We didn’t hear any speakers. They spoke, and their words were likely moving, but their speeches were not the point. If the speeches had been the point, the crowds would have dispersed. But instead, as we wandered our way closer to the steps of City Hall, we saw that masses of people were standing in the streets outside. Five teenagers who looked to me like the cast of Captain Planet 2: Topple the Patriarchy actually stood on top of a covered bus stop, and though there were several police officers in front of the government building, no one asked them to come down. We overheard a young girl speculate that this is what she imagined Coachella would be like. And when we ultimately decided to walk back to Union Station to catch a train back home, we noticed that, the advertised march timeframe of 10-11:30 having long since passed, people were still arriving, signs in hand.
Blocks away from the center of things, we got another moment of perspective. We had to cross a bridge over the 101. The 101, recently rated #1 among the most congested highways in America, was flowing uncharacteristically clear, and yet the cars that passed were honking like crazy. They weren’t honking at each other, though. They were honking in solidarity at those of us standing on the bridge, and on bridge after bridge full of marchers who looked out at them, encouraging these most elemental of Angelenos — the cars — to add their voices to the still-audible roar of humanity.
It took us a while to get onto a train, and a while longer for that train to reach our station. The ride home was slightly less cheery than the one Molly and I had taken that morning, but the atmosphere of Women Helping Women still permeated. The older women (employing what seemed like “Mom-mode” to me) begged that people not crowd a young mother who was trying to hold up a folded stroller while keeping a toddler on her lap; they repeatedly arranged for a vacated seat to be taken by the most eligible elderly woman, as that was only fair — keep in mind that these were strangers, talking to each other, advocating for one another, observing each other’s needs and agreeing together that we’d all abide by the Golden Rule. This spirit of communing with strangers had started early that morning and continued after we got off the train. As we walked down Hollywood Boulevard, a young woman in a long black coat broke away from her friends and walked up to us, beaming. “Did you hear? We were just reading about the march, and they’re saying there were 750,000 people!” Our jaws dropped as the women rushed off to catch up with her friends. 750,000? Could that be right? I’ve seen this figure reported several places since, and still, it seems astonishing. Then again, it felt like everyone on earth was there. I believe it.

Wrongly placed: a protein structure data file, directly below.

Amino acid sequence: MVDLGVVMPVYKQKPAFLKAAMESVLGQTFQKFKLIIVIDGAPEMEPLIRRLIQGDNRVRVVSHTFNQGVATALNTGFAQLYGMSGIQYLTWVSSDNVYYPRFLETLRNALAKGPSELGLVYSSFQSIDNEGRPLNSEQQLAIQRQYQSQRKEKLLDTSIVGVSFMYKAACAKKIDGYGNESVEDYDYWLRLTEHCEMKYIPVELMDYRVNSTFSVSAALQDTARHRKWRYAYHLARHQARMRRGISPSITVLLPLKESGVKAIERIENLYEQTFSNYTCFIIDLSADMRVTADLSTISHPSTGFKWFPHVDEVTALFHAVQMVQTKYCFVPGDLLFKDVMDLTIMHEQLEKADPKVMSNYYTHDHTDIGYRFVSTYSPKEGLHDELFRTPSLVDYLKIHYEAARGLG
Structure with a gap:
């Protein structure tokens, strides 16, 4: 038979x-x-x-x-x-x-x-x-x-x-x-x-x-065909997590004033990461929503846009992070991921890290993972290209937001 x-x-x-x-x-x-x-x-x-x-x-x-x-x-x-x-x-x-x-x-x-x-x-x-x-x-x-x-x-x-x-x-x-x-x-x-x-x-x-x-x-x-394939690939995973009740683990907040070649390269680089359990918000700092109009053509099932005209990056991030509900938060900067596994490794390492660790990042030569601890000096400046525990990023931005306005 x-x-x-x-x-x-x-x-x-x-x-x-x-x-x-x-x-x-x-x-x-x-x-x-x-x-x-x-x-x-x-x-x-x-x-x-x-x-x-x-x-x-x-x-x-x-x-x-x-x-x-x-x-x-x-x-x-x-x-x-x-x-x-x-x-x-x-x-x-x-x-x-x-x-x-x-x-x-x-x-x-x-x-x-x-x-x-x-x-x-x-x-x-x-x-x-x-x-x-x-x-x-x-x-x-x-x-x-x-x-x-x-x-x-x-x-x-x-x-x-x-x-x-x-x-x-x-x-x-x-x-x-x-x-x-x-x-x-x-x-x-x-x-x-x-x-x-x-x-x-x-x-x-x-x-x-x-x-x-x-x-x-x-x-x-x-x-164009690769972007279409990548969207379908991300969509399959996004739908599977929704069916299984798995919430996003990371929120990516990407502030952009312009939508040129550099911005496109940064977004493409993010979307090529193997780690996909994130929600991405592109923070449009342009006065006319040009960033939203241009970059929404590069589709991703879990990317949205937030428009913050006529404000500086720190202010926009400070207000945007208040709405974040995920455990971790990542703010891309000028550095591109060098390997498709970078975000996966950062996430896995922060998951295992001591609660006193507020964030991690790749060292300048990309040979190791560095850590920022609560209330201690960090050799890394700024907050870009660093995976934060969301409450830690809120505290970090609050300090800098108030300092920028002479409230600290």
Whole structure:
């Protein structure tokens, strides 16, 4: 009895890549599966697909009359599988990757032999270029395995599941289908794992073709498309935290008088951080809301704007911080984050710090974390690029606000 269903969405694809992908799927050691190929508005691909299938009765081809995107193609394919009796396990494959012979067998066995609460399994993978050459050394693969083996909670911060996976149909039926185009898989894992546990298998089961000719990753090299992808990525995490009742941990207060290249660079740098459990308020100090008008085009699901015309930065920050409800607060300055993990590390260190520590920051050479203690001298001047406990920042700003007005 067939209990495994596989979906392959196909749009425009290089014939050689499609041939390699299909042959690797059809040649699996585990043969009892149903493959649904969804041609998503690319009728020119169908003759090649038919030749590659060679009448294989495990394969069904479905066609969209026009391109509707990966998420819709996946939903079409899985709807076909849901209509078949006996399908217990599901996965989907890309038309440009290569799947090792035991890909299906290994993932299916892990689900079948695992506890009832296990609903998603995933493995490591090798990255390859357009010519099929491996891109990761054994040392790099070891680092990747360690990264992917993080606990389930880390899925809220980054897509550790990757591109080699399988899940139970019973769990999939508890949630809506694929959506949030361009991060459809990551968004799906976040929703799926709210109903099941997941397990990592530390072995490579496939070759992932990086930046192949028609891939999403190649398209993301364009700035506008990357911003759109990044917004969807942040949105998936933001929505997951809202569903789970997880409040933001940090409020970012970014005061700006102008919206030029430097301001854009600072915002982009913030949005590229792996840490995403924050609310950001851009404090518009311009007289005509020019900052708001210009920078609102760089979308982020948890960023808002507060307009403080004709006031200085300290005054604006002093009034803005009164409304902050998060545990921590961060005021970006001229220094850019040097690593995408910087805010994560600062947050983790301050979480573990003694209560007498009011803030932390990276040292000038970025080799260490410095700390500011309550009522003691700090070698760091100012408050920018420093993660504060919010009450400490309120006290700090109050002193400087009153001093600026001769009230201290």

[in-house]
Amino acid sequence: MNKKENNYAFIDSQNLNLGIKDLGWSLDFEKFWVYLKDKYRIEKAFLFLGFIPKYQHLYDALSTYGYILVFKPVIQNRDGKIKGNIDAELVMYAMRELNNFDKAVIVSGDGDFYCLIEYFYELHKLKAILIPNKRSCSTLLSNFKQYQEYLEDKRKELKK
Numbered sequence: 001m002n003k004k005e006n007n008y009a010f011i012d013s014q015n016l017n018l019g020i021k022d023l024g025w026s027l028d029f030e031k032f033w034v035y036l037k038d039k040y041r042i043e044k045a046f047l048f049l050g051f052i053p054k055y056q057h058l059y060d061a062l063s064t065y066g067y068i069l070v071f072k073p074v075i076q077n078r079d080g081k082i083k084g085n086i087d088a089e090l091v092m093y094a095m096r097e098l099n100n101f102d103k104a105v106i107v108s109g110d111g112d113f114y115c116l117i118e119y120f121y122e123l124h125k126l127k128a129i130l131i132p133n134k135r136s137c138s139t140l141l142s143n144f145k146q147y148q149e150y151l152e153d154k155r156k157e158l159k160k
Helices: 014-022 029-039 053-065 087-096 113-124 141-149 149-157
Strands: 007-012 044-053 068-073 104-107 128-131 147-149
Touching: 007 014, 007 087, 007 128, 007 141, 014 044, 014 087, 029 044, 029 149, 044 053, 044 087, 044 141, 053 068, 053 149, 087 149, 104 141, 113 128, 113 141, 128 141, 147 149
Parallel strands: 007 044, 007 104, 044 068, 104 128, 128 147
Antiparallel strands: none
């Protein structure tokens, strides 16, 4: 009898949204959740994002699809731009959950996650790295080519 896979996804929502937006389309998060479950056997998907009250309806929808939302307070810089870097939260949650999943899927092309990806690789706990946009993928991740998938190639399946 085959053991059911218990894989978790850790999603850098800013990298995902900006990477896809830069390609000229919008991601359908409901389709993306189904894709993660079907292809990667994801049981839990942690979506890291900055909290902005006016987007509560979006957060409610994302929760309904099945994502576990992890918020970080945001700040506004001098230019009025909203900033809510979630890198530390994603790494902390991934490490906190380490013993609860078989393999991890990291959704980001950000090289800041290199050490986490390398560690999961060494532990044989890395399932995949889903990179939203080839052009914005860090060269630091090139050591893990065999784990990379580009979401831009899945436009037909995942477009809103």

By the time we ate and I got back to my place, it was after 4. My bad foot hurt, my back ached, and I hadn’t had any coffee all day. But I was humming with an energy that wouldn’t quit. Reading about the marches all over the world, it occurred to me that this same energy was humming through millions of people who now have conclusive proof that there are so many others out there who want this to be a planet of people who hold each other up, who guide each other through the scrum, and who speak up for each other’s needs. Like good moms do, and good dads too — my dad and I talked on the phone for a long time that night, comparing notes about what happened in Chicago versus Los Angeles, and hoping out loud that this energy will be carried forward into action, organization, and actual sustained change. This, of course, is what must — MUST — happen next. This unprecedented day of solidarity cannot be just one nice memory in a world that’s melting, literally and figuratively, into noise and oblivion. It needs to be one nice memory that we mark in our history books as a turning point, a pivot toward progress and healing.
Of course there are people who are angry that these marches occurred. They’re mad, or perhaps offended. There are people who would write off the whole endeavor as a waste of time, people who don’t understand what the problem is. Of course there are these people: if they didn’t exist, if everyone “got it,” there truly would be no reason to march. The world would already be the one we’re marching to. These people bitterly mark us down as crybabies. But I didn’t cry at this march. I spoke, and shouted, and laughed, but I didn’t cry until later that night, sitting in my car, when I watched back the video of those cars honking on the 101. I turned up the volume, and in the distance, below the noise of the horns, I heard voices. Thousands of voices. Millions. And they were saying, Lies won’t stop us, hate won’t stop us, fear won’t stop us. We aren’t going anywhere. We will not be silent.